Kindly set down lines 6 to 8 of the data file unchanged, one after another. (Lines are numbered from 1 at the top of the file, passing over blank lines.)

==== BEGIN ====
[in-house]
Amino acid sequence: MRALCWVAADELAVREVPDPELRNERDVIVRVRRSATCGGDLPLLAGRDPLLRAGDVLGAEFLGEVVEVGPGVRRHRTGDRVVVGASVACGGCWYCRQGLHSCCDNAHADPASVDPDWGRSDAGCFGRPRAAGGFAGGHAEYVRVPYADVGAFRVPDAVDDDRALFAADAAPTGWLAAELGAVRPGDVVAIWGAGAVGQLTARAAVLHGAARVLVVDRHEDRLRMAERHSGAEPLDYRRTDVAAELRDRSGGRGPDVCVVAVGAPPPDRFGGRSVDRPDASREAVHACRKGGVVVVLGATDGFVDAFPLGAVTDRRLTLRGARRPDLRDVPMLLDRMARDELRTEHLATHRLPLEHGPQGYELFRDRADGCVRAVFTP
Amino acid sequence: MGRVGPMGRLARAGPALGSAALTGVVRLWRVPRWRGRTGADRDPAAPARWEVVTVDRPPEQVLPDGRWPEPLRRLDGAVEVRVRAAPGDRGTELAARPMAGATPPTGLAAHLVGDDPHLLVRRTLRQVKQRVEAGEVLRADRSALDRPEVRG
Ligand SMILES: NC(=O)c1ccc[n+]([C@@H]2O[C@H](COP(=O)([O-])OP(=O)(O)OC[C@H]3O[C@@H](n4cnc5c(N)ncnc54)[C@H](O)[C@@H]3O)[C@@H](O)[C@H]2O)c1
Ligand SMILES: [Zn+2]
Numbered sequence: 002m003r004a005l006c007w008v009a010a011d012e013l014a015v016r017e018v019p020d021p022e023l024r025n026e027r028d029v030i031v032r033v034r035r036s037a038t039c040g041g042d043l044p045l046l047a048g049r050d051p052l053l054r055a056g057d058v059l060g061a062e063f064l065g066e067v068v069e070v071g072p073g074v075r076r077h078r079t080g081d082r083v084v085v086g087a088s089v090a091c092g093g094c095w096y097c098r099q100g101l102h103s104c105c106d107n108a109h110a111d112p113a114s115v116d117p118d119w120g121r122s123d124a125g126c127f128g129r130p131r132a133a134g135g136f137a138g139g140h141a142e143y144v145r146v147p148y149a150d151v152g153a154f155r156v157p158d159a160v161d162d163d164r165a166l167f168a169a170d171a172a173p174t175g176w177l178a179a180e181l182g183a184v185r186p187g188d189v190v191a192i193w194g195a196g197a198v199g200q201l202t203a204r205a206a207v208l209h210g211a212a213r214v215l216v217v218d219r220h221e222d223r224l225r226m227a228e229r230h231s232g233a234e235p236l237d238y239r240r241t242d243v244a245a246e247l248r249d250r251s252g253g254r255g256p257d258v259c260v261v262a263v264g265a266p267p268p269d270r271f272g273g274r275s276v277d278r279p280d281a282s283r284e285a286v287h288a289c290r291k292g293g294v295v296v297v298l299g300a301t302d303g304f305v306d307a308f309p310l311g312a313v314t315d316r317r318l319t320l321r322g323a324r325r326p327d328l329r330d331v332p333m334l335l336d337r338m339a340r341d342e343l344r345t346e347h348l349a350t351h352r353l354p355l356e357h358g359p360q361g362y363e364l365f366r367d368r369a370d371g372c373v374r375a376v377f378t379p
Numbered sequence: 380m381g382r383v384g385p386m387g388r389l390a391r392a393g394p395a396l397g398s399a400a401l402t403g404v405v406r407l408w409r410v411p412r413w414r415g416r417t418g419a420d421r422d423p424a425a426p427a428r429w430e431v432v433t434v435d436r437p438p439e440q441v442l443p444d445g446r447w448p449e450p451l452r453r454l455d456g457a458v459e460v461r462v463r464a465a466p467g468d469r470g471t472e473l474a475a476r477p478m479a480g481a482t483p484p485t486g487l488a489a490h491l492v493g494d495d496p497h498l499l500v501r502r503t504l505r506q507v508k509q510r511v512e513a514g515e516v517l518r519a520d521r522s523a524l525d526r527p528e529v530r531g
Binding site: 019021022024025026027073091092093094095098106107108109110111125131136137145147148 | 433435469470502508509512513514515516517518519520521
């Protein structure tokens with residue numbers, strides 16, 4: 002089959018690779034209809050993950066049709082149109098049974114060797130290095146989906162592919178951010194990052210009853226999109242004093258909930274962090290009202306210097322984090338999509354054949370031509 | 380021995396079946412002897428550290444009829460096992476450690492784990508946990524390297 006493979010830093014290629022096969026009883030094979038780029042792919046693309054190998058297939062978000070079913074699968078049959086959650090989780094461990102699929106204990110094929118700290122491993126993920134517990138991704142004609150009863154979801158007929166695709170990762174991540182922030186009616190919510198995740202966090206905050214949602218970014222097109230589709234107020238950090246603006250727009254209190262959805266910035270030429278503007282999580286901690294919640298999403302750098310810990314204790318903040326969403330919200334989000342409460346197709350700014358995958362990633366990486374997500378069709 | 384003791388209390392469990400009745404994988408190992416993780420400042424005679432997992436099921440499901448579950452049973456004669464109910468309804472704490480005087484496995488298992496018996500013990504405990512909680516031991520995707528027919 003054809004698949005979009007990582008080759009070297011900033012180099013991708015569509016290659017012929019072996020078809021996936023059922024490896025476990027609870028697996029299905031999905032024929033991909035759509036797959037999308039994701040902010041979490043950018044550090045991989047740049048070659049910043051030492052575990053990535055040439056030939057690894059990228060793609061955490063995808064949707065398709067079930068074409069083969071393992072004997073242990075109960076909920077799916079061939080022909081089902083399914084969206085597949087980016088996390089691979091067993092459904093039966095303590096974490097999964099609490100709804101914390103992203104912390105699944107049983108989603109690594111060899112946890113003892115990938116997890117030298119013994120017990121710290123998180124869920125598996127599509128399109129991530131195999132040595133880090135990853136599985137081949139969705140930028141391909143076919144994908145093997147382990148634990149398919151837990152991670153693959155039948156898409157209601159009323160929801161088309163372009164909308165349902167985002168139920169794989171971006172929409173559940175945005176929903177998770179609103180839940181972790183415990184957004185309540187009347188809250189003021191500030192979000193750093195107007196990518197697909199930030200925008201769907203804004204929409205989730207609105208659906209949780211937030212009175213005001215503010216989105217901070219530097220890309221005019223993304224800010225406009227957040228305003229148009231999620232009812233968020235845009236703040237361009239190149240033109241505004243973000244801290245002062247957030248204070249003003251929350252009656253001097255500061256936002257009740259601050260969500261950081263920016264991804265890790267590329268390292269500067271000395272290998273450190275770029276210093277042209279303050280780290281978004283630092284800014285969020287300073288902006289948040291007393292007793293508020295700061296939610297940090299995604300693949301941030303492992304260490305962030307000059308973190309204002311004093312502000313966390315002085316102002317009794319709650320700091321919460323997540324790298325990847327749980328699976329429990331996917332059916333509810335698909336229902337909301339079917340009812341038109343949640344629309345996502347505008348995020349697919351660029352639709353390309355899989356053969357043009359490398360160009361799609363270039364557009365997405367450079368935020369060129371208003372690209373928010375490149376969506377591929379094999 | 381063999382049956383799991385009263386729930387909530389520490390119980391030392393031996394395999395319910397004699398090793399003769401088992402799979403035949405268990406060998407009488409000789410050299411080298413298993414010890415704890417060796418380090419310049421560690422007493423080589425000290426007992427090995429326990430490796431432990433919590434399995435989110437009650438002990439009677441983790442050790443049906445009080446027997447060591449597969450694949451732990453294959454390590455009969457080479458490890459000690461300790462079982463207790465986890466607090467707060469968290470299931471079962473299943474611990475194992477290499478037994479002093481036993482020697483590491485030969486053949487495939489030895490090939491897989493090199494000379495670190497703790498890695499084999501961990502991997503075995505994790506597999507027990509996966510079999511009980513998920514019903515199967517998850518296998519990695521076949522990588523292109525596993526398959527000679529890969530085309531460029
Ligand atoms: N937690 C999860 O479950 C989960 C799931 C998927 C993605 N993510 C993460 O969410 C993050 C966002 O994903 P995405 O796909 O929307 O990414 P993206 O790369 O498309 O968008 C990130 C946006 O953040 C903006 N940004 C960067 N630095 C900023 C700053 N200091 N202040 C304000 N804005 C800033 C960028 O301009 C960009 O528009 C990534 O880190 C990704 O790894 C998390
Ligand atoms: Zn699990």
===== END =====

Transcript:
Numbered sequence: 002m003r004a005l006c007w008v009a010a011d012e013l014a015v016r017e018v019p020d021p022e023l024r025n026e027r028d029v030i031v032r033v034r035r036s037a038t039c040g041g042d043l044p045l046l047a048g049r050d051p052l053l054r055a056g057d058v059l060g061a062e063f064l065g066e067v068v069e070v071g072p073g074v075r076r077h078r079t080g081d082r083v084v085v086g087a088s089v090a091c092g093g094c095w096y097c098r099q100g101l102h103s104c105c106d107n108a109h110a111d112p113a114s115v116d117p118d119w120g121r122s123d124a125g126c127f128g129r130p131r132a133a134g135g136f137a138g139g140h141a142e143y144v145r146v147p148y149a150d151v152g153a154f155r156v157p158d159a160v161d162d163d164r165a166l167f168a169a170d171a172a173p174t175g176w177l178a179a180e181l182g183a184v185r186p187g188d189v190v191a192i193w194g195a196g197a198v199g200q201l202t203a204r205a206a207v208l209h210g211a212a213r214v215l216v217v218d219r220h221e222d223r224l225r226m227a228e229r230h231s232g233a234e235p236l237d238y239r240r241t242d243v244a245a246e247l248r249d250r251s252g253g254r255g256p257d258v259c260v261v262a263v264g265a266p267p268p269d270r271f272g273g274r275s276v277d278r279p280d281a282s283r284e285a286v287h288a289c290r291k292g293g294v295v296v297v298l299g300a301t302d303g304f305v306d307a308f309p310l311g312a313v314t315d316r317r318l319t320l321r322g323a324r325r326p327d328l329r330d331v332p333m334l335l336d337r338m339a340r341d342e343l344r345t346e347h348l349a350t351h352r353l354p355l356e357h358g359p360q361g362y363e364l365f366r367d368r369a370d371g372c373v374r375a376v377f378t379p
Numbered sequence: 380m381g382r383v384g385p386m387g388r389l390a391r392a393g394p395a396l397g398s399a400a401l402t403g404v405v406r407l408w409r410v411p412r413w414r415g416r417t418g419a420d421r422d423p424a425a426p427a428r429w430e431v432v433t434v435d436r437p438p439e440q441v442l443p444d445g446r447w448p449e450p451l452r453r454l455d456g457a458v459e460v461r462v463r464a465a466p467g468d469r470g471t472e473l474a475a476r477p478m479a480g481a482t483p484p485t486g487l488a489a490h491l492v493g494d495d496p497h498l499l500v501r502r503t504l505r506q507v508k509q510r511v512e513a514g515e516v517l518r519a520d521r522s523a524l525d526r527p528e529v530r531g
Binding site: 019021022024025026027073091092093094095098106107108109110111125131136137145147148 | 433435469470502508509512513514515516517518519520521